Lessons From the Climb

Swinging tools to climb a frozen waterfall in the Adirondack Mountains.

Guys, you know the feeling. My hands are clammy, my heart is racing, and my mind is clouded with nervous fear. I just have to find the courage to make a move and the stress will be over. Today, however, the move is not across the room at a party to say “hi” to a beautiful young lady, but up the crux – the most difficult section – of a steep cliff face. If I slip, I risk a long fall before my rope catches me. If I succeed, I will reach the top of the climb and enjoy the incredible views.

As a mountaineer, I’ve found that some of the best experiences with climbing share a resemblance to dating. Here are a few lessons learned from mountain climbing that can also be applied to dating.

Push through your fear.

In the climb described above I was leading , traditional (or “trad”) style on a cliff at Seneca Rocks, West Virginia. As I climbed, I placed devices in the fissures of the rock, clipped via carabiners to my rope, which hung below me and was belayed by my climbing partner. If I fell, the last device I had placed would hopefully catch my rope and me, preventing serious injury.

Climbers enjoy an experience of the mountain that is unique to the risks of hanging hundreds of feet above the ground from small features on the rock. Is it scary? Of course. But so is a good date! And in the midst of the experiencing fear, you can discover hidden beauty and brilliance you wouldn’t discover on terra firma (or prior to saying “hi” and “may I have your number?”). I have yet to date a woman–making myself vulnerable to her rejection–and not discover previously unrealized beauty and intelligence.

Avoid “summit fever”.

Traditional climbing at nearby Sugarloaf Mountain.

My climbing partner and I had to back off an ice climb this winter when we realized that it was too risky. We turned around in the nick of time, as I had barely secured myself to our anchor when we were hit by an avalanche. Survival mode kicked into high gear as we “swam” against the heavy wall of snow to keep ourselves from becoming trapped. Fortunately, when it ended we were only buried up to our belly. We quickly dug out and rappelled. Looking back, we both knew better than to attempt that climb, but “summit fever” – an irrational drive to get to the top of a mountain despite dangerous conditions – had pushed us to ignore the warning signs.

In dating, it is often difficult to stop pursuing a beautiful, interesting person when the signs of incompatibility become evident. But, avoiding the dating equivalent of “summit fever” is an important part of recognizing that love is more than the feelings of euphoria. Love is not sustained by the desired physical and emotional highs, love is made strong in the solid, everyday ground of recognizing and affirming the other person’s unique worth and dignity. I hope to one day enjoy those physical and emotional highs with my wife, but until then I’m aiming to always return to the solid ground – pre-summit – with each woman I date.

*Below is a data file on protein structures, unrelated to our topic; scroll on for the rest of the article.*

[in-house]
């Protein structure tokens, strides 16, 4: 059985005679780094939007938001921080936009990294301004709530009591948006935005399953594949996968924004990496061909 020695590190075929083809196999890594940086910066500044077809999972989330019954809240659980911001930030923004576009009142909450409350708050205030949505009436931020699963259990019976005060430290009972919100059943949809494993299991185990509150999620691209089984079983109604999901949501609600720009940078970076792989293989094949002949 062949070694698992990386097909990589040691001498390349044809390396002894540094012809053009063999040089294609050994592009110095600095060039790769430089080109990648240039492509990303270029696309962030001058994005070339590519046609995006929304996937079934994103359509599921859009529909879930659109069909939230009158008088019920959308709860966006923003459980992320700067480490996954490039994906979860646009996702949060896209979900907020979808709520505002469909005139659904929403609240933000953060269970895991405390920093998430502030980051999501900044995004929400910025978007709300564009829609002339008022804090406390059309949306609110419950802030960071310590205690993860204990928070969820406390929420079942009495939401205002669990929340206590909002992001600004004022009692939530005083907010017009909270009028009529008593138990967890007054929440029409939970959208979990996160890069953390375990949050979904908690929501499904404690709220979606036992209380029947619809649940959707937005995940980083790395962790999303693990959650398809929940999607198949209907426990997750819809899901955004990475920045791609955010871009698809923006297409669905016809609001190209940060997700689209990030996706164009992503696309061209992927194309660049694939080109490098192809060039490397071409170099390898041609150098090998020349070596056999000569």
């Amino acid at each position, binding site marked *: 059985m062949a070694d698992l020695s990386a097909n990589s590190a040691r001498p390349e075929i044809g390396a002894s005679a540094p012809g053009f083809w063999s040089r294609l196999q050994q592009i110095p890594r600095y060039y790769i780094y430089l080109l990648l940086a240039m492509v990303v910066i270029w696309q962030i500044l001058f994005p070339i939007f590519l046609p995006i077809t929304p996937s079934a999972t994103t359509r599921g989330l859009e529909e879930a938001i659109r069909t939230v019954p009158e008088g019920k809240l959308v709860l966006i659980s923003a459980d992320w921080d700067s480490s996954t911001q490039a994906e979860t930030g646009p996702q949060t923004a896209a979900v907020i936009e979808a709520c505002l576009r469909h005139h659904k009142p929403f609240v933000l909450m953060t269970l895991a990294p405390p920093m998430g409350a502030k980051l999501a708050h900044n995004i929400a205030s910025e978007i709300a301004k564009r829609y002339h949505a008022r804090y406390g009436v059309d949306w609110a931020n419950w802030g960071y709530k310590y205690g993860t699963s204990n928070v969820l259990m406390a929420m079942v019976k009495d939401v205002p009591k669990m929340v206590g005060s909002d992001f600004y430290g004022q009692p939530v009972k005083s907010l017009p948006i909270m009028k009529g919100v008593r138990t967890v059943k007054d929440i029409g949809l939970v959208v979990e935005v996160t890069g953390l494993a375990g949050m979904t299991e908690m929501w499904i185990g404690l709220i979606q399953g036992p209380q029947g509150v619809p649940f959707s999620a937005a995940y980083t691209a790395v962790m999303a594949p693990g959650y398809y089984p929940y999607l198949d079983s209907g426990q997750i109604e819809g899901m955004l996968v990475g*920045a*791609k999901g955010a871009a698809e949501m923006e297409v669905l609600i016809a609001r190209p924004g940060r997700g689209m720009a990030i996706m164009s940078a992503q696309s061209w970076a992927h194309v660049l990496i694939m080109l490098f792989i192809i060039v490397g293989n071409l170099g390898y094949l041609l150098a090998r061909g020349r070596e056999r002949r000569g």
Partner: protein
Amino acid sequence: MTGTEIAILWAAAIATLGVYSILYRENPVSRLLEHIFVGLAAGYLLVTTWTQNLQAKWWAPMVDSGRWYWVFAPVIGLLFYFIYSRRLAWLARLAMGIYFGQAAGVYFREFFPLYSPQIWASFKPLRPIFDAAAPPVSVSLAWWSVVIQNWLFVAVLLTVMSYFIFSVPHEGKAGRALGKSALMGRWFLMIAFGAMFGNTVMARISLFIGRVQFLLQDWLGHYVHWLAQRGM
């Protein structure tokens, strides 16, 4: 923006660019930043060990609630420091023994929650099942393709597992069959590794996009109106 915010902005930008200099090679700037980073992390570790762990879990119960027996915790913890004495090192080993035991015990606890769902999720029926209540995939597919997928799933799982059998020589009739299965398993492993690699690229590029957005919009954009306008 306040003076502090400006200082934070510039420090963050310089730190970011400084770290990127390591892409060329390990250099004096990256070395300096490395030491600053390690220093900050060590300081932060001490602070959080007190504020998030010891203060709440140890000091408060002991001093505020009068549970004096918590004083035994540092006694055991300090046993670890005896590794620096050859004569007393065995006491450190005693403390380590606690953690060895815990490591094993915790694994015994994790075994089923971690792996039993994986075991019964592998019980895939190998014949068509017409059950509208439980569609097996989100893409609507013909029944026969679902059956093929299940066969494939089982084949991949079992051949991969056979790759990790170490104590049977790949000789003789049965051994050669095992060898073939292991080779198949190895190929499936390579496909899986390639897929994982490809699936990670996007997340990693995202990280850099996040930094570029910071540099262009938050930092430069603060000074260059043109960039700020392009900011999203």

Be serious – and fun.

While it’s important to be prepared to turn-around, it’s equally important to be prepared for the full challenge of the climb before you start. Prior to climbing Mount Rainier, my climbing partners and I spent countless hours running up stairs, studying our planned route, and talking to experienced climbers. The exhaustive preparation paid off – both helping us reach the summit and deal with some unexpected challenges on our way back down.

The same could be said for dating, it should be fun, but not careless. When I meet a new woman, my actions and words can either add to her life in a positive, potentially life-long way, or become a source of eye-rolling frustration. Approaching dating in a thoughtful and intentional manner takes no more of the fun out of dating than approaching climbing in a serious way takes the joy out of the climb. However if you’re not careful, ignoring the serious nature of dating, or climbing, may result in real pain.

Avoid “peak bagging”.

At the summit of Willard Mountain in Crawford Notch, NH after a long ice climb.

My climbing partner was recently injured because we took an unnecessary shortcut while descending. We were hurried because we wanted to get on another climb before the day was out. We were “peak bagging” to use the climbing vernacular – rushing to summit as many climbs as possible. Besides the obvious risks, peak-bagging keeps you from really enjoying each individual climb for its own challenge and reward. The truth is, If we had only completed one climb but returned to solid ground (and the cold beers in our cooler), we would have had a spectacular day. Enjoying the climb while scared and exhausted isn’t easy. But, I’m slowly learning to take some deep breaths, find a ledge to rest, enjoy the scenic beauty, and realize how much I love climbing, even in its stress and regardless of reaching the summit.

It’s tempting when dating to rush through the long, arduous process of getting to know someone. Will my next date be with the lady who I will marry? Hopefully, just as I’d like to think my next climb will conclude with a rugged peak. But regardless of where it might lead, I try to enjoy each climb for its own challenge and am learning to see each woman I meet as an adventure with a unique person.

I believe in love even while I have yet to find a wife for life-long love, just like I continue to believe in the summits I pursue but have yet to attain. Speaking of which, I’m off to climb a mountain with a new friend!

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Lessons From the Climb

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